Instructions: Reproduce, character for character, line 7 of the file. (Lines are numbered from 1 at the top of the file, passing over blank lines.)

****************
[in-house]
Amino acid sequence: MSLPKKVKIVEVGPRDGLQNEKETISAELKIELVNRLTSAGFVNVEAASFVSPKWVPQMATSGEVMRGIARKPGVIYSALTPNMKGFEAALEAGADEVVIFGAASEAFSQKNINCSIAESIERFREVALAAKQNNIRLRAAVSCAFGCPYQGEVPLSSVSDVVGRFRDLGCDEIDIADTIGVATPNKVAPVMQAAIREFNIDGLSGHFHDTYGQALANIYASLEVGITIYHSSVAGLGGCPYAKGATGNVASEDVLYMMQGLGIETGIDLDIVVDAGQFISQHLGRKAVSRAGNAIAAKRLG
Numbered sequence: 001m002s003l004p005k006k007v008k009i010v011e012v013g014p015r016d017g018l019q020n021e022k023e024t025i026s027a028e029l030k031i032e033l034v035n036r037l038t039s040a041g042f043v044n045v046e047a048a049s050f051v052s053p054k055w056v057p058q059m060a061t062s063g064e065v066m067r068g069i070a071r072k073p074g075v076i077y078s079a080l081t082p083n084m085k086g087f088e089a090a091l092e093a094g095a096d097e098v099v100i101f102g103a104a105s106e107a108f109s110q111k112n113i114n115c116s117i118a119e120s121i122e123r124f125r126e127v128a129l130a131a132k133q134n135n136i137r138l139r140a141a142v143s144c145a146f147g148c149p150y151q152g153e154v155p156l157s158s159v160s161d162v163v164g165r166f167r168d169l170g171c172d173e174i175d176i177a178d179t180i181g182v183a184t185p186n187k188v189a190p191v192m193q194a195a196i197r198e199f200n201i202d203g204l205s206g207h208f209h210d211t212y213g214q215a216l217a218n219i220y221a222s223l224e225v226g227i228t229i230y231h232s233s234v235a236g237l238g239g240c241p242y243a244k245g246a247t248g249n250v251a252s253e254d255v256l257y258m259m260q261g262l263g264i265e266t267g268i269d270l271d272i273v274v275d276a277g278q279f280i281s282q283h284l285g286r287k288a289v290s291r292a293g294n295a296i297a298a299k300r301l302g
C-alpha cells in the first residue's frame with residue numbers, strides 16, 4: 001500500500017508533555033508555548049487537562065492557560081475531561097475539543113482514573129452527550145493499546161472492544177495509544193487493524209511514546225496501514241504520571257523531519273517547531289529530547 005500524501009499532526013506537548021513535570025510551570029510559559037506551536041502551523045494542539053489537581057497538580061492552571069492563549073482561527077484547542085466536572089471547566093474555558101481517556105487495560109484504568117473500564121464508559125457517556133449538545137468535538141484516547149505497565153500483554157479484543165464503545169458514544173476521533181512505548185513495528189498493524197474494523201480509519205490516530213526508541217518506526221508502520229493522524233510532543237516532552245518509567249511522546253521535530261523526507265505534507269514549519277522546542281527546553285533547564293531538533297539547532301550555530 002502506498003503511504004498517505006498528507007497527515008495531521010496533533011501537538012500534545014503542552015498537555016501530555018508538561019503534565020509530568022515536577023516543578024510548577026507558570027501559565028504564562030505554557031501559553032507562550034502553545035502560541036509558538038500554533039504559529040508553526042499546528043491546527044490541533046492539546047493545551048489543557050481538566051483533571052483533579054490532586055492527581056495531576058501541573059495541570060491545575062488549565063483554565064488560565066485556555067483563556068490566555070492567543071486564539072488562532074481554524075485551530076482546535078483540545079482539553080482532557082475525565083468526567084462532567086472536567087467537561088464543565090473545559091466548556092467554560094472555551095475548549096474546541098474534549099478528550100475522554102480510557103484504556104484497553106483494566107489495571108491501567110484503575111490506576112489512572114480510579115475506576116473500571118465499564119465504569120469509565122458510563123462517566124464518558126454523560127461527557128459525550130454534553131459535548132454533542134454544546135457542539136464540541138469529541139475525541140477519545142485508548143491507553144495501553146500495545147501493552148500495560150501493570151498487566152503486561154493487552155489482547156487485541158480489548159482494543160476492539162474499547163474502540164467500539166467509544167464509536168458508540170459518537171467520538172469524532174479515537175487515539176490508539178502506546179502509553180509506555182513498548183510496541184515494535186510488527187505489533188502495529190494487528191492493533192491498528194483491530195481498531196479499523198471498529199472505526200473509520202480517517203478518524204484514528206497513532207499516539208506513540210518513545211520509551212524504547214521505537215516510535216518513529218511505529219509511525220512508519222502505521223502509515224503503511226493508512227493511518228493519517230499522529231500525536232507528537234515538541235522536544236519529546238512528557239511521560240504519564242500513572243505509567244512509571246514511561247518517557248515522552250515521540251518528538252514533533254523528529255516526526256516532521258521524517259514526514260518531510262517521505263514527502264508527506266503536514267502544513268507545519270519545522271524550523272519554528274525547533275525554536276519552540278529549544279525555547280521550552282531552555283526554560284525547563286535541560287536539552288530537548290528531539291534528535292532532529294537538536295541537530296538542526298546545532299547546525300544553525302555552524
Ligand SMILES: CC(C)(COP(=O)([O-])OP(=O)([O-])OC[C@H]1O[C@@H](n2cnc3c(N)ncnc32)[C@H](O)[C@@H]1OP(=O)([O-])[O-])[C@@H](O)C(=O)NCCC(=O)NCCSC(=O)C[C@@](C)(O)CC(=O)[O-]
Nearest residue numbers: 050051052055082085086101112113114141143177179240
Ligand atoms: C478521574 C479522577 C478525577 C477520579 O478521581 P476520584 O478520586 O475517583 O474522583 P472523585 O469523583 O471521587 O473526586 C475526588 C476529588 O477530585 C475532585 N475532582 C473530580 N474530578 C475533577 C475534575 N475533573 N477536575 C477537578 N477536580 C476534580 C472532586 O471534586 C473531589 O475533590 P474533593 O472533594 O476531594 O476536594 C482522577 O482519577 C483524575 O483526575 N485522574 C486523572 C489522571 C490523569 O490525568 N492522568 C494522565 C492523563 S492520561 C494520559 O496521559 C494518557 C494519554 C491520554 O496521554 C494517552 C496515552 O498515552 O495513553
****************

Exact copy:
Ligand atoms: C478521574 C479522577 C478525577 C477520579 O478521581 P476520584 O478520586 O475517583 O474522583 P472523585 O469523583 O471521587 O473526586 C475526588 C476529588 O477530585 C475532585 N475532582 C473530580 N474530578 C475533577 C475534575 N475533573 N477536575 C477537578 N477536580 C476534580 C472532586 O471534586 C473531589 O475533590 P474533593 O472533594 O476531594 O476536594 C482522577 O482519577 C483524575 O483526575 N485522574 C486523572 C489522571 C490523569 O490525568 N492522568 C494522565 C492523563 S492520561 C494520559 O496521559 C494518557 C494519554 C491520554 O496521554 C494517552 C496515552 O498515552 O495513553